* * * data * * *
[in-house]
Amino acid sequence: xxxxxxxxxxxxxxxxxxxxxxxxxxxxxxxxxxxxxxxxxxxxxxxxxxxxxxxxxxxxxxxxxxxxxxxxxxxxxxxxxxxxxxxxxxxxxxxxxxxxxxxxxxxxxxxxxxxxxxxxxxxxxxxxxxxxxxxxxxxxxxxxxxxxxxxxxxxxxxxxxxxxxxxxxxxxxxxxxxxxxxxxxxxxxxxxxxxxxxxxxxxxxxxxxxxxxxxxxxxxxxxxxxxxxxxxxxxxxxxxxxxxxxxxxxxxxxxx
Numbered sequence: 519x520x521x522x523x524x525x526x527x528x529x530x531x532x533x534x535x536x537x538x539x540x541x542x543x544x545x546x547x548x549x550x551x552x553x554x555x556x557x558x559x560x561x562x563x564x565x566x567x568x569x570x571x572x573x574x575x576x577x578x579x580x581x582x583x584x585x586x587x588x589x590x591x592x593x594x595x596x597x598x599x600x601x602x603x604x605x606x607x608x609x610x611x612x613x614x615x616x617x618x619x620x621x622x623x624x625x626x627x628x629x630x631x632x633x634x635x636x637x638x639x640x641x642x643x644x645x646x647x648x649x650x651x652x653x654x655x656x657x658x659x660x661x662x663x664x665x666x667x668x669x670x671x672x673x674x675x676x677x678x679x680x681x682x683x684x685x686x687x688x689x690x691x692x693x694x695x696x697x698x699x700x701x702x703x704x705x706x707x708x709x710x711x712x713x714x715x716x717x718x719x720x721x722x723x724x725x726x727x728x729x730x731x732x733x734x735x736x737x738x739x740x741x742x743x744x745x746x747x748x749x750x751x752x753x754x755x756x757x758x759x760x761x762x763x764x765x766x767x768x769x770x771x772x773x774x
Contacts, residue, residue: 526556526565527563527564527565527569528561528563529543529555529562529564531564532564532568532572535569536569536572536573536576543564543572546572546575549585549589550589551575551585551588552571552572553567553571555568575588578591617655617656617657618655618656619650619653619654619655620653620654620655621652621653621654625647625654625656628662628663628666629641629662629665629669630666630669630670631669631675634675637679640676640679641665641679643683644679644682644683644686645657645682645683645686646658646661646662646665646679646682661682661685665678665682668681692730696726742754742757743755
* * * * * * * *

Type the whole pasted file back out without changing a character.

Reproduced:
[in-house]
Amino acid sequence: xxxxxxxxxxxxxxxxxxxxxxxxxxxxxxxxxxxxxxxxxxxxxxxxxxxxxxxxxxxxxxxxxxxxxxxxxxxxxxxxxxxxxxxxxxxxxxxxxxxxxxxxxxxxxxxxxxxxxxxxxxxxxxxxxxxxxxxxxxxxxxxxxxxxxxxxxxxxxxxxxxxxxxxxxxxxxxxxxxxxxxxxxxxxxxxxxxxxxxxxxxxxxxxxxxxxxxxxxxxxxxxxxxxxxxxxxxxxxxxxxxxxxxxxxxxxxxxx
Numbered sequence: 519x520x521x522x523x524x525x526x527x528x529x530x531x532x533x534x535x536x537x538x539x540x541x542x543x544x545x546x547x548x549x550x551x552x553x554x555x556x557x558x559x560x561x562x563x564x565x566x567x568x569x570x571x572x573x574x575x576x577x578x579x580x581x582x583x584x585x586x587x588x589x590x591x592x593x594x595x596x597x598x599x600x601x602x603x604x605x606x607x608x609x610x611x612x613x614x615x616x617x618x619x620x621x622x623x624x625x626x627x628x629x630x631x632x633x634x635x636x637x638x639x640x641x642x643x644x645x646x647x648x649x650x651x652x653x654x655x656x657x658x659x660x661x662x663x664x665x666x667x668x669x670x671x672x673x674x675x676x677x678x679x680x681x682x683x684x685x686x687x688x689x690x691x692x693x694x695x696x697x698x699x700x701x702x703x704x705x706x707x708x709x710x711x712x713x714x715x716x717x718x719x720x721x722x723x724x725x726x727x728x729x730x731x732x733x734x735x736x737x738x739x740x741x742x743x744x745x746x747x748x749x750x751x752x753x754x755x756x757x758x759x760x761x762x763x764x765x766x767x768x769x770x771x772x773x774x
Contacts, residue, residue: 526556526565527563527564527565527569528561528563529543529555529562529564531564532564532568532572535569536569536572536573536576543564543572546572546575549585549589550589551575551585551588552571552572553567553571555568575588578591617655617656617657618655618656619650619653619654619655620653620654620655621652621653621654625647625654625656628662628663628666629641629662629665629669630666630669630670631669631675634675637679640676640679641665641679643683644679644682644683644686645657645682645683645686646658646661646662646665646679646682661682661685665678665682668681692730696726742754742757743755